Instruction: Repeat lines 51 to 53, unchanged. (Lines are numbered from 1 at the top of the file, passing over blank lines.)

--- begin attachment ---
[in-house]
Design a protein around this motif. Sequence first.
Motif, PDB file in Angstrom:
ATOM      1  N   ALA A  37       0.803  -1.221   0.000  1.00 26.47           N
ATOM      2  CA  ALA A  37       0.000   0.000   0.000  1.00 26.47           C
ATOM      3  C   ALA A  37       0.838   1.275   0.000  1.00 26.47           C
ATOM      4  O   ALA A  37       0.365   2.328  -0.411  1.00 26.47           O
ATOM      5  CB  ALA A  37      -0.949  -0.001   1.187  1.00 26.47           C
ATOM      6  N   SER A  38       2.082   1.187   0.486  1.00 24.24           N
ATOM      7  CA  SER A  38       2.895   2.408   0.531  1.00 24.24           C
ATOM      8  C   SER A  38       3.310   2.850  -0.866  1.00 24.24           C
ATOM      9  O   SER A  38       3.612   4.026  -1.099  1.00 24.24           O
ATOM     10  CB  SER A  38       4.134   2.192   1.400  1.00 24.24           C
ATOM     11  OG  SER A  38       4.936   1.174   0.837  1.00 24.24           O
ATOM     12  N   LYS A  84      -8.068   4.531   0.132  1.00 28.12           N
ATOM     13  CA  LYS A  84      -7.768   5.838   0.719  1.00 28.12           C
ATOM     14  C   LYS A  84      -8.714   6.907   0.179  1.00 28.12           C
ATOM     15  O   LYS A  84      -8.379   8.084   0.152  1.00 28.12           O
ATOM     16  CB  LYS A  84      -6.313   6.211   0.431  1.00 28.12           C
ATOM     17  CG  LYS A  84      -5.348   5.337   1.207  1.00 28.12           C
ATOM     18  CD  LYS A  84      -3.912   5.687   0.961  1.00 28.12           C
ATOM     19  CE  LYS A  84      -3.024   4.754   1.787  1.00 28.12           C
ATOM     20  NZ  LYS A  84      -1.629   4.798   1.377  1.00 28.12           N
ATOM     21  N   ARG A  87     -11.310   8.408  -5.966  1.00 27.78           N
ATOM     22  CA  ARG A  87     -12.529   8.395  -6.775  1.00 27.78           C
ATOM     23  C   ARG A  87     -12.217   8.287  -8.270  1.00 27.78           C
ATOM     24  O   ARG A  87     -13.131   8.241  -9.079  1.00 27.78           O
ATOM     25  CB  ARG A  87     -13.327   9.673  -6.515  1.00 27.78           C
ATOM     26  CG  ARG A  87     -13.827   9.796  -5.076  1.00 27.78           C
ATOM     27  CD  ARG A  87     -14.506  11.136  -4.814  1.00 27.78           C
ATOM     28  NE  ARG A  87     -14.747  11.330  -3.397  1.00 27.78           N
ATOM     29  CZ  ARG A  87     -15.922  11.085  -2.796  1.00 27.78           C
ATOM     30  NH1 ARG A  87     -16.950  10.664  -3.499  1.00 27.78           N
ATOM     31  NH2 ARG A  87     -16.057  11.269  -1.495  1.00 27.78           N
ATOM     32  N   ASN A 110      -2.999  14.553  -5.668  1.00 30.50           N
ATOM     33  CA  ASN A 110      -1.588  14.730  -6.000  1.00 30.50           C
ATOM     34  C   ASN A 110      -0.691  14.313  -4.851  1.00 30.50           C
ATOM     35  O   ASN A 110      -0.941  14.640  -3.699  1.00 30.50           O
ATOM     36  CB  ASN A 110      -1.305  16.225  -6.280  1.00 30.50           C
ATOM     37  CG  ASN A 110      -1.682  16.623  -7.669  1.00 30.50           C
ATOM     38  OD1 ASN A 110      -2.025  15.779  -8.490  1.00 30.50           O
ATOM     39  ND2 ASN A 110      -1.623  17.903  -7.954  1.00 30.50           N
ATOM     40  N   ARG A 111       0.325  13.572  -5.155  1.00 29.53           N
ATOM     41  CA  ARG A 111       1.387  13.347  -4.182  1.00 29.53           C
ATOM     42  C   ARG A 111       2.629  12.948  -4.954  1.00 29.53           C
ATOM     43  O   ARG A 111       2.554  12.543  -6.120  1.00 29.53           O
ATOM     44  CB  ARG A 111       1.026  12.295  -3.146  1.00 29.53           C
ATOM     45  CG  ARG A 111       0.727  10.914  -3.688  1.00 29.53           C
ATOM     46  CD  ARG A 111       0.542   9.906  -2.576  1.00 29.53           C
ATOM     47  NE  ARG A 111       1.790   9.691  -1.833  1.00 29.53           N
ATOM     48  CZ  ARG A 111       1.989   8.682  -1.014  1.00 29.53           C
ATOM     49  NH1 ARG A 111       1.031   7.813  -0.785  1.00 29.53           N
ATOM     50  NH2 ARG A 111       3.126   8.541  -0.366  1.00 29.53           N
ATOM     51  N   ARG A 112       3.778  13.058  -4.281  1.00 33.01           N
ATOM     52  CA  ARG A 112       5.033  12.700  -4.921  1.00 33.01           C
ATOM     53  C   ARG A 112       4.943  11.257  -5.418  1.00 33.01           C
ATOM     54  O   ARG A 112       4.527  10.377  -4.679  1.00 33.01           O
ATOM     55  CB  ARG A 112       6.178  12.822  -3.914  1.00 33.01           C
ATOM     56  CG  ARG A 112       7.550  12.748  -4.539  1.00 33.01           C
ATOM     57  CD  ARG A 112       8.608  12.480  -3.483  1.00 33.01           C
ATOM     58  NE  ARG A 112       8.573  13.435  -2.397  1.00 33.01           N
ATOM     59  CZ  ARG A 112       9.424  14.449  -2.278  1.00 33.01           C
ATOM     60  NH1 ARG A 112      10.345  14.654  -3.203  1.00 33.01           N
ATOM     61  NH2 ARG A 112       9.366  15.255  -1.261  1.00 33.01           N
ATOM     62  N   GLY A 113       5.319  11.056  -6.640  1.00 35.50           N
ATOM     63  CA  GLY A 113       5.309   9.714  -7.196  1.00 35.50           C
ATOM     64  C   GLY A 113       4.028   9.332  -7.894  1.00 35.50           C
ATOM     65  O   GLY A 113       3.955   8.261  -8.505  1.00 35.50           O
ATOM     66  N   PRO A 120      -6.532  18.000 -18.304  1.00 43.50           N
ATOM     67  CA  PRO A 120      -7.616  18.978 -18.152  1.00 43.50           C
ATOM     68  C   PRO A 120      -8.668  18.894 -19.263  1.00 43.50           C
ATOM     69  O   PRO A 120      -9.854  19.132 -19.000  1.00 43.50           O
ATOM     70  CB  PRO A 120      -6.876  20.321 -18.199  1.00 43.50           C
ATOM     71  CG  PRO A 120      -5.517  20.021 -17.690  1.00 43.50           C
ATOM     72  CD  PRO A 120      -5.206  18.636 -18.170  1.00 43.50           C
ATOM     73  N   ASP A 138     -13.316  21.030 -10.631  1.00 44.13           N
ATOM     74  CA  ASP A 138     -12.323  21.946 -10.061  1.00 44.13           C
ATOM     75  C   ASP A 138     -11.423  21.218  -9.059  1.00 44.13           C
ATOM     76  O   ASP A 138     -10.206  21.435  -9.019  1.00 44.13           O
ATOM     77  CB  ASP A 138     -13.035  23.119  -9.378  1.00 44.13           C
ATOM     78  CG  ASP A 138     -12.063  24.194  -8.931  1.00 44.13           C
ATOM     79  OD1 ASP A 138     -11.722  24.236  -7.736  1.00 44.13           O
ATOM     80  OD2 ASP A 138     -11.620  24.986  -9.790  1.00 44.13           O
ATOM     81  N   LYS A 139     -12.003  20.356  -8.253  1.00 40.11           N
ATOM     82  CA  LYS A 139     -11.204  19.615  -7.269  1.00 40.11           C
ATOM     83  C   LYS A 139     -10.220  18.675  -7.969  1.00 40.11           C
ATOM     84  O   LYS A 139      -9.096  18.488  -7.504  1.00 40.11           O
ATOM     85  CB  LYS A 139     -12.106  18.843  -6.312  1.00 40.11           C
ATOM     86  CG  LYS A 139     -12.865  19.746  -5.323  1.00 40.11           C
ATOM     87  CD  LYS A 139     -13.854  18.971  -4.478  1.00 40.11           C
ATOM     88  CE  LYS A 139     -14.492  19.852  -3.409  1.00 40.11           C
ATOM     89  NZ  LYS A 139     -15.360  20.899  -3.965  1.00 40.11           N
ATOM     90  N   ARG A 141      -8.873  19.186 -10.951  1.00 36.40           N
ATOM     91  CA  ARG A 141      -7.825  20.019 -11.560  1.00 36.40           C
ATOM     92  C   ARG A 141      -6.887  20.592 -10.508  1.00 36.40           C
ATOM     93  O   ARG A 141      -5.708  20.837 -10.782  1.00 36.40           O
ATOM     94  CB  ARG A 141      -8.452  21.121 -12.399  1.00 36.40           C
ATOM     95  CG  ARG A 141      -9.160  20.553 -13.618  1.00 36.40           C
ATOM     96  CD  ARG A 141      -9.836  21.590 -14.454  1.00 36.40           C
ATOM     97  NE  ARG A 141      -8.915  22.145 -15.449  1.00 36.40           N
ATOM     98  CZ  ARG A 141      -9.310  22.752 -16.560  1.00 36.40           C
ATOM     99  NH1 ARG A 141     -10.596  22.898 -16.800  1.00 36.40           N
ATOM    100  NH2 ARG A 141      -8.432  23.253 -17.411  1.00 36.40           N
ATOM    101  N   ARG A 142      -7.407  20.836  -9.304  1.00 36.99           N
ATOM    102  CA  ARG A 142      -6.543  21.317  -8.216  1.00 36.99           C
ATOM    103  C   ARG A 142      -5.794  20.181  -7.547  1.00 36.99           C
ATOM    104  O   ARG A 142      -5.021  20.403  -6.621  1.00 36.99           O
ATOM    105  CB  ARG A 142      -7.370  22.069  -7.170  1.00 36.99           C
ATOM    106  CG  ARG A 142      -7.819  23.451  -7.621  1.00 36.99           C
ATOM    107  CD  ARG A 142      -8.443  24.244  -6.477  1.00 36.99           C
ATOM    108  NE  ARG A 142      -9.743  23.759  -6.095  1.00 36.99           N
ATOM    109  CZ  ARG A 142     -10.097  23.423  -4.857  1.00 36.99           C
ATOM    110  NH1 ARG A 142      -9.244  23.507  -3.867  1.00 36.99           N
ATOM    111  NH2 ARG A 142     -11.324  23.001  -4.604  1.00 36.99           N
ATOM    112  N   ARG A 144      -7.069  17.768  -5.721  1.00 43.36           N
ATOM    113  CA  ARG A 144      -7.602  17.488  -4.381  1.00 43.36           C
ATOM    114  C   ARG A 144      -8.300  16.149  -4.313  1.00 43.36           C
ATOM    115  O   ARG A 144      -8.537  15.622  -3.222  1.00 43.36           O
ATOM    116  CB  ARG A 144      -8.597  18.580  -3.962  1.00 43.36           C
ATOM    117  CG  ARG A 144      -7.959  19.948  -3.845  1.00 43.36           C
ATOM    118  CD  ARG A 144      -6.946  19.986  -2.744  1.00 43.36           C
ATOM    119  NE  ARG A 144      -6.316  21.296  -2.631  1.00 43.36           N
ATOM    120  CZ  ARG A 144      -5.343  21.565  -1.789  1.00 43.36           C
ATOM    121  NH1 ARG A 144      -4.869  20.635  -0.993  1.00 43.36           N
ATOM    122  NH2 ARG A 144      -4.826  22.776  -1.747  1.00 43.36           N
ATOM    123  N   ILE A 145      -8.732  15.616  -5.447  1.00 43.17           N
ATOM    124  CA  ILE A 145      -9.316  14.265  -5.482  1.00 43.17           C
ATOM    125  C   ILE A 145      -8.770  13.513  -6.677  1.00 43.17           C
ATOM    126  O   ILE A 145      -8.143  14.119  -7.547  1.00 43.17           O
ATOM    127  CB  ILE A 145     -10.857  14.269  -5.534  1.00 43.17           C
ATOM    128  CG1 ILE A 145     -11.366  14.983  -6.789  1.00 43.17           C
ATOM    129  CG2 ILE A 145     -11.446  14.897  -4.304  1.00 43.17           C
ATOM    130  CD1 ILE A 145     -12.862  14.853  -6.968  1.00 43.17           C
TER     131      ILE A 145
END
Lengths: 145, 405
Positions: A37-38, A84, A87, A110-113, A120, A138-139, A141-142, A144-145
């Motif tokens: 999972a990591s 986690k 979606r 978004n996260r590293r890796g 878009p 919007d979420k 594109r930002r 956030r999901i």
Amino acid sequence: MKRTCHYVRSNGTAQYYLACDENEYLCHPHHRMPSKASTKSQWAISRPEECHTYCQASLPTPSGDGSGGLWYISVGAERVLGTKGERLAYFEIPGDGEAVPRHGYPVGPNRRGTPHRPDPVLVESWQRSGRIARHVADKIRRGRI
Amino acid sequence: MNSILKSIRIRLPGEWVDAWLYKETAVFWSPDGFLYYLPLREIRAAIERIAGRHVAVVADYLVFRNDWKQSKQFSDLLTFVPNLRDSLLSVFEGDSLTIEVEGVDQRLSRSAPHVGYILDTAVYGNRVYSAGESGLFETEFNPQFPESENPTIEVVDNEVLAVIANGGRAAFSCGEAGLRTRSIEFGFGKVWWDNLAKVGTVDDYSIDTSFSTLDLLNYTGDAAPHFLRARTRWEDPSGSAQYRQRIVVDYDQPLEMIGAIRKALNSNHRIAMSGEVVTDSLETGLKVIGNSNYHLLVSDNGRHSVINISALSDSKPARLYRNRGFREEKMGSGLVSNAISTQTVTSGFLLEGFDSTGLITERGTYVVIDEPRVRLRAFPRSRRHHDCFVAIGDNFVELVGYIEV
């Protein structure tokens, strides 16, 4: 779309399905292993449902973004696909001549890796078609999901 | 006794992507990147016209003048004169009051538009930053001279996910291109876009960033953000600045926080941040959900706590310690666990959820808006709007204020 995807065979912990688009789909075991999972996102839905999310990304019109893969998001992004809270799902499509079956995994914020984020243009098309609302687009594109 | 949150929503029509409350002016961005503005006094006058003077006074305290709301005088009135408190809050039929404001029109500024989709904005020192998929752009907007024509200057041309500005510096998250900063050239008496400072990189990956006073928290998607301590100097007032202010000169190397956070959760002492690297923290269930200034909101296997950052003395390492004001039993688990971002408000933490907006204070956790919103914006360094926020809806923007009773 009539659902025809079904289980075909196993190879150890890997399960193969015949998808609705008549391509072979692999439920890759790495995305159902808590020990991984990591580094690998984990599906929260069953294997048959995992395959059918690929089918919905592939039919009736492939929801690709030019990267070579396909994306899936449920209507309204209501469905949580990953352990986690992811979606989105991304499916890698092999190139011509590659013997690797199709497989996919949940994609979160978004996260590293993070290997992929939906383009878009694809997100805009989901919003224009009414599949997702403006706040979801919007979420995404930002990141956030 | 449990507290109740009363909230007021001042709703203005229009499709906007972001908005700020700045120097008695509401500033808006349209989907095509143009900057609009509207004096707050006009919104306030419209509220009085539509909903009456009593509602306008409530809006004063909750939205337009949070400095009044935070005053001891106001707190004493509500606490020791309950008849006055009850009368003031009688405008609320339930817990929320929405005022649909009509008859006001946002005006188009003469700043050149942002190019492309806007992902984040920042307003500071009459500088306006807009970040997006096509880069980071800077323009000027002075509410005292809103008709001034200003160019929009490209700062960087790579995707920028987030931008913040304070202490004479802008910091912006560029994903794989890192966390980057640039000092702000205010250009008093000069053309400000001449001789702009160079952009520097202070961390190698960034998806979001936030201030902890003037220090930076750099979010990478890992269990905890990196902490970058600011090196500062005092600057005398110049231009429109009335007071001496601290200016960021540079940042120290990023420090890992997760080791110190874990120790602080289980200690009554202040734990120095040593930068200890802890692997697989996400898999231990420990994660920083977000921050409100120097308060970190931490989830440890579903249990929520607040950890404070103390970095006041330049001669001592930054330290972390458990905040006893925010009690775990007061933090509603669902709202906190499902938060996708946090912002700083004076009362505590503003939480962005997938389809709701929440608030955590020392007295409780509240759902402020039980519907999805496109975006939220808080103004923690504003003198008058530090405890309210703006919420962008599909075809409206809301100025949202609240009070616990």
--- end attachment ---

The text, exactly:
ATOM     48  CZ  ARG A 111       1.989   8.682  -1.014  1.00 29.53           C
ATOM     49  NH1 ARG A 111       1.031   7.813  -0.785  1.00 29.53           N
ATOM     50  NH2 ARG A 111       3.126   8.541  -0.366  1.00 29.53           N